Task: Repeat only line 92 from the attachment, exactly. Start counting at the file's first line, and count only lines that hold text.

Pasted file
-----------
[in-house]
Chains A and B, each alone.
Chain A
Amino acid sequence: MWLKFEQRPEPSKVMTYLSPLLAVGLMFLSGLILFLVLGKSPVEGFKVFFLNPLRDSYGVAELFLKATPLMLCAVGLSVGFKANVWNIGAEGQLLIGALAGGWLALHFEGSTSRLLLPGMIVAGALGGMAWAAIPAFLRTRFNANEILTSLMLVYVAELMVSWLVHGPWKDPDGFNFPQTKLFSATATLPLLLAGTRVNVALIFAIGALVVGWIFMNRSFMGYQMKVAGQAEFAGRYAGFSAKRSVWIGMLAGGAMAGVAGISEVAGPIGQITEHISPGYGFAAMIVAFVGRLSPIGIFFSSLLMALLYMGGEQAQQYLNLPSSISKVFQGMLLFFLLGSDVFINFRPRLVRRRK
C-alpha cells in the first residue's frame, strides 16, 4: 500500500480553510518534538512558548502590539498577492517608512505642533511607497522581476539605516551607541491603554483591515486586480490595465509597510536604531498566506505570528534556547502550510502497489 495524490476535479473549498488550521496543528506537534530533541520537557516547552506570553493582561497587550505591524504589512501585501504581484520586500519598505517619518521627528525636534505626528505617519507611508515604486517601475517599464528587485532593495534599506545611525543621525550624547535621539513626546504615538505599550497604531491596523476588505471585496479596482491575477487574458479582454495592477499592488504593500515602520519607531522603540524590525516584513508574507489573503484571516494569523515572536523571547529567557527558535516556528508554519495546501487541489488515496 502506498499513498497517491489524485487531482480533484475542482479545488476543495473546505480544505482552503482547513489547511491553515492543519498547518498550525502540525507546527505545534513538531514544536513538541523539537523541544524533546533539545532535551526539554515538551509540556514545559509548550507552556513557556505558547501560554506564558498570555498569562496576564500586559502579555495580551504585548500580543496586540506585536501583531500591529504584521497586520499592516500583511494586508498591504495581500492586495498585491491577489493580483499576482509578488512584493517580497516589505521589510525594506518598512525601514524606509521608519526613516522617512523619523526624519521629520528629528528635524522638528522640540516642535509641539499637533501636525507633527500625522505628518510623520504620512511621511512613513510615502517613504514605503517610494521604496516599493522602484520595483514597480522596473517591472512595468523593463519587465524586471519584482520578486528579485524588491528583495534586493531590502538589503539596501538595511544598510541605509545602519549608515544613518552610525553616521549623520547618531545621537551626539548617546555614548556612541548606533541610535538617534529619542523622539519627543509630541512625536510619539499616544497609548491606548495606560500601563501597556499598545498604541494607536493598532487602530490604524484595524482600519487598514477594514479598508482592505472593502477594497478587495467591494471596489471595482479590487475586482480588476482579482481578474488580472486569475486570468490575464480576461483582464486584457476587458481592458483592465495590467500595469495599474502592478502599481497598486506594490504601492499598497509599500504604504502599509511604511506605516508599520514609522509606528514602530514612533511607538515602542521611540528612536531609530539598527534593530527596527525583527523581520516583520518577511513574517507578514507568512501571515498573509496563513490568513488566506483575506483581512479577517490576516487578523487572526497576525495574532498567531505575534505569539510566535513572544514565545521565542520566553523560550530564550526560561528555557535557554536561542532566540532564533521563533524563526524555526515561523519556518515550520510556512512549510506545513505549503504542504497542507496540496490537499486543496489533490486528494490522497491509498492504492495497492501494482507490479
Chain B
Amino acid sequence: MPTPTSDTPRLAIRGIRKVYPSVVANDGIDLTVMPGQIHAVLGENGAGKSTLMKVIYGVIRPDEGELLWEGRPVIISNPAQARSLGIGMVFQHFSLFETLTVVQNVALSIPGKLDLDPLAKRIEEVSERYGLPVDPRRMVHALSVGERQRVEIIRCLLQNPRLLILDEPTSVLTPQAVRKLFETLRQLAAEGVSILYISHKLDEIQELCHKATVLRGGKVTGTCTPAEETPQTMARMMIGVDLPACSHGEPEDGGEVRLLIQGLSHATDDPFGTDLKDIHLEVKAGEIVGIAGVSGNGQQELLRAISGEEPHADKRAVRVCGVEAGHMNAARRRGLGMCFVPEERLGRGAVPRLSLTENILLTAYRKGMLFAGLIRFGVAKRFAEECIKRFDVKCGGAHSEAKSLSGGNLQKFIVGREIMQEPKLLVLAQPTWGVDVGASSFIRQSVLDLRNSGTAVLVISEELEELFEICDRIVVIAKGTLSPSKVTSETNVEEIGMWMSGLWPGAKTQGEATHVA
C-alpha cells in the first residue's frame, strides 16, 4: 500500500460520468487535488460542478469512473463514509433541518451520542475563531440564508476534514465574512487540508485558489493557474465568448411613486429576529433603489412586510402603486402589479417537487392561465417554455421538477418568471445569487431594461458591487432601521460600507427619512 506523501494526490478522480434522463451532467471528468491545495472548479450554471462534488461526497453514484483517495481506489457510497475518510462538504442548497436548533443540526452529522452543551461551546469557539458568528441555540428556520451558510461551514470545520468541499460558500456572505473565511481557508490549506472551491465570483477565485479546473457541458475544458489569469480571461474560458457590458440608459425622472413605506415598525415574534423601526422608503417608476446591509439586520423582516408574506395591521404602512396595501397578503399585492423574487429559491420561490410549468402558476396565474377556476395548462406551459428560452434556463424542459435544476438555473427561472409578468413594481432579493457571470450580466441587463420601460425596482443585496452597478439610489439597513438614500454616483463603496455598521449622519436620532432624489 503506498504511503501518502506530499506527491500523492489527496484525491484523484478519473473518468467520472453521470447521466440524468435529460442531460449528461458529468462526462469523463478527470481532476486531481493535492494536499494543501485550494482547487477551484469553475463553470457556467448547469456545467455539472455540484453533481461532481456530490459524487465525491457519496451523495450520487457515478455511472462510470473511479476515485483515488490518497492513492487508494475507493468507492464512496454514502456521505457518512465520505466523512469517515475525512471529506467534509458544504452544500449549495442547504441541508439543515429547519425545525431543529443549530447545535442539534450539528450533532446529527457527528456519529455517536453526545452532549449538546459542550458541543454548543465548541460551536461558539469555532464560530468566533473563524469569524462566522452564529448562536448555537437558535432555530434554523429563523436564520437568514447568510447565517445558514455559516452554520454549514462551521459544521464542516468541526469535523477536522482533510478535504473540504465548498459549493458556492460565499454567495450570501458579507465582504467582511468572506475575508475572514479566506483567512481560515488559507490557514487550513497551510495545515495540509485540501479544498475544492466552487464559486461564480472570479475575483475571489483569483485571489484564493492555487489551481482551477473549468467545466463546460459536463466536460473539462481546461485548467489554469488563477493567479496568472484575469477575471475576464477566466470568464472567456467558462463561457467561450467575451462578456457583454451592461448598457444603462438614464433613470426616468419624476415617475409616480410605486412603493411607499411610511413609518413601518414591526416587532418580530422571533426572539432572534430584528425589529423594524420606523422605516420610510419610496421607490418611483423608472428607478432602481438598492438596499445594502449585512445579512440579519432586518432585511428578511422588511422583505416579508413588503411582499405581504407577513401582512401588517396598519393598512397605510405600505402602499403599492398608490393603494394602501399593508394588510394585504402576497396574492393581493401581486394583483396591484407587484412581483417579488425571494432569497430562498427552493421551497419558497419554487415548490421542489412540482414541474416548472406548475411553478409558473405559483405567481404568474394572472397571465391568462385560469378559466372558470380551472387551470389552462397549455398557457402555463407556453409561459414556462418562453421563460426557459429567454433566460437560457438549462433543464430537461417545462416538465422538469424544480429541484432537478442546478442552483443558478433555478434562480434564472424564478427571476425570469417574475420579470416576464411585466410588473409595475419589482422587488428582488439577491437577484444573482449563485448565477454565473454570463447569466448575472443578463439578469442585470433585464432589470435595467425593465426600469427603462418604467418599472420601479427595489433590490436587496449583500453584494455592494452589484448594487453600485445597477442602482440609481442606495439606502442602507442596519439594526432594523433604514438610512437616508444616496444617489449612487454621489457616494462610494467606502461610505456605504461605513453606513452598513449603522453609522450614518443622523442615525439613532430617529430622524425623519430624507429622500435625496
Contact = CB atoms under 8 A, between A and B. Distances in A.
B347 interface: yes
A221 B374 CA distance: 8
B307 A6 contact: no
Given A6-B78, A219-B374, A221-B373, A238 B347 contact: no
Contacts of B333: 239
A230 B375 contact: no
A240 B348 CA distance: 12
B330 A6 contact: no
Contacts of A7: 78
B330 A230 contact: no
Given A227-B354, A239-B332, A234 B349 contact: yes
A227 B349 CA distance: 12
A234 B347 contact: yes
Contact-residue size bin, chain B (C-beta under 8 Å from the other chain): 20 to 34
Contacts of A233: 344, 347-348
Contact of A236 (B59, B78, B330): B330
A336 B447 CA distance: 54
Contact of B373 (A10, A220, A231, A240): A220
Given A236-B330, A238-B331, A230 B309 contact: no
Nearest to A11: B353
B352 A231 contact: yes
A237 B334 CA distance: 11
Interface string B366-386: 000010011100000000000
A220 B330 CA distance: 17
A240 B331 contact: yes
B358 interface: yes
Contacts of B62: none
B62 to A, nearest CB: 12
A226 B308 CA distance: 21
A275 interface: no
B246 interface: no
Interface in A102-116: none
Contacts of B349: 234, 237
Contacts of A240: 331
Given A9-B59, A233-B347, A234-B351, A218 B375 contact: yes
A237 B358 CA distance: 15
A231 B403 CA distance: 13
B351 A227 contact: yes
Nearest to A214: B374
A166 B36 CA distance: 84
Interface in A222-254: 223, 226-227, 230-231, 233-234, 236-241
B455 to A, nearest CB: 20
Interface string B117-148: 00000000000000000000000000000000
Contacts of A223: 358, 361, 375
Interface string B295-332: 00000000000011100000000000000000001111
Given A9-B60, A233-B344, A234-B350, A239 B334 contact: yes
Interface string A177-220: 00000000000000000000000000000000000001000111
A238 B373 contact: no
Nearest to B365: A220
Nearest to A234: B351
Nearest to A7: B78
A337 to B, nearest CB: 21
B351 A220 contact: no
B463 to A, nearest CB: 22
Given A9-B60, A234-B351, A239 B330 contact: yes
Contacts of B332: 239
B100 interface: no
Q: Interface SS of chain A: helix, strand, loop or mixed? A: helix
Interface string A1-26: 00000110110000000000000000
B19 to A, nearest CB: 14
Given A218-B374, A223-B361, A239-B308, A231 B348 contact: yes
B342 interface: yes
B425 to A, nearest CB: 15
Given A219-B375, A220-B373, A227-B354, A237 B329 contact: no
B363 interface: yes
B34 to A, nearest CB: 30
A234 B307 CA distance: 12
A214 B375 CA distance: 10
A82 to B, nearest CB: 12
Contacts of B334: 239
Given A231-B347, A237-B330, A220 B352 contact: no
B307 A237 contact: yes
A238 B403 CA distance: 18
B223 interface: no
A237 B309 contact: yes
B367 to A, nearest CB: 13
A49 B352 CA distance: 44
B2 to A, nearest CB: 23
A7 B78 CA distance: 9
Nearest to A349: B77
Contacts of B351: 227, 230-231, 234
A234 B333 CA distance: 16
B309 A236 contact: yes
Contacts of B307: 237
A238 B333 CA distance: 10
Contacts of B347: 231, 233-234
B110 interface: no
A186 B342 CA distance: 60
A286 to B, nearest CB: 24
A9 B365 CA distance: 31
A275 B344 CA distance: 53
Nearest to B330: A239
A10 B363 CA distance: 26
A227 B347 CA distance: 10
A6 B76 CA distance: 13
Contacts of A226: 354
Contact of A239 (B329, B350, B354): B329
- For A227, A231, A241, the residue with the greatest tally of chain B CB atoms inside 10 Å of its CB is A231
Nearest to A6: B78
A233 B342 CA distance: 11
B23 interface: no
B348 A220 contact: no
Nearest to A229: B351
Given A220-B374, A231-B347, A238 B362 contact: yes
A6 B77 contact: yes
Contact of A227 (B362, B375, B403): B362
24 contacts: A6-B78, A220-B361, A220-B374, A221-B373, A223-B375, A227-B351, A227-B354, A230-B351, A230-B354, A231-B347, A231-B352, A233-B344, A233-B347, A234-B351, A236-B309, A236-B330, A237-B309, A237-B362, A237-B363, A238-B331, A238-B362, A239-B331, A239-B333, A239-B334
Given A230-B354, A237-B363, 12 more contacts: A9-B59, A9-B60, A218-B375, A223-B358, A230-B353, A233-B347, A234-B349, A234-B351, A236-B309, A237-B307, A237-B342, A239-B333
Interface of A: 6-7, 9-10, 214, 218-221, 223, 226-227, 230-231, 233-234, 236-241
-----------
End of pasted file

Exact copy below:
B309 A236 contact: yes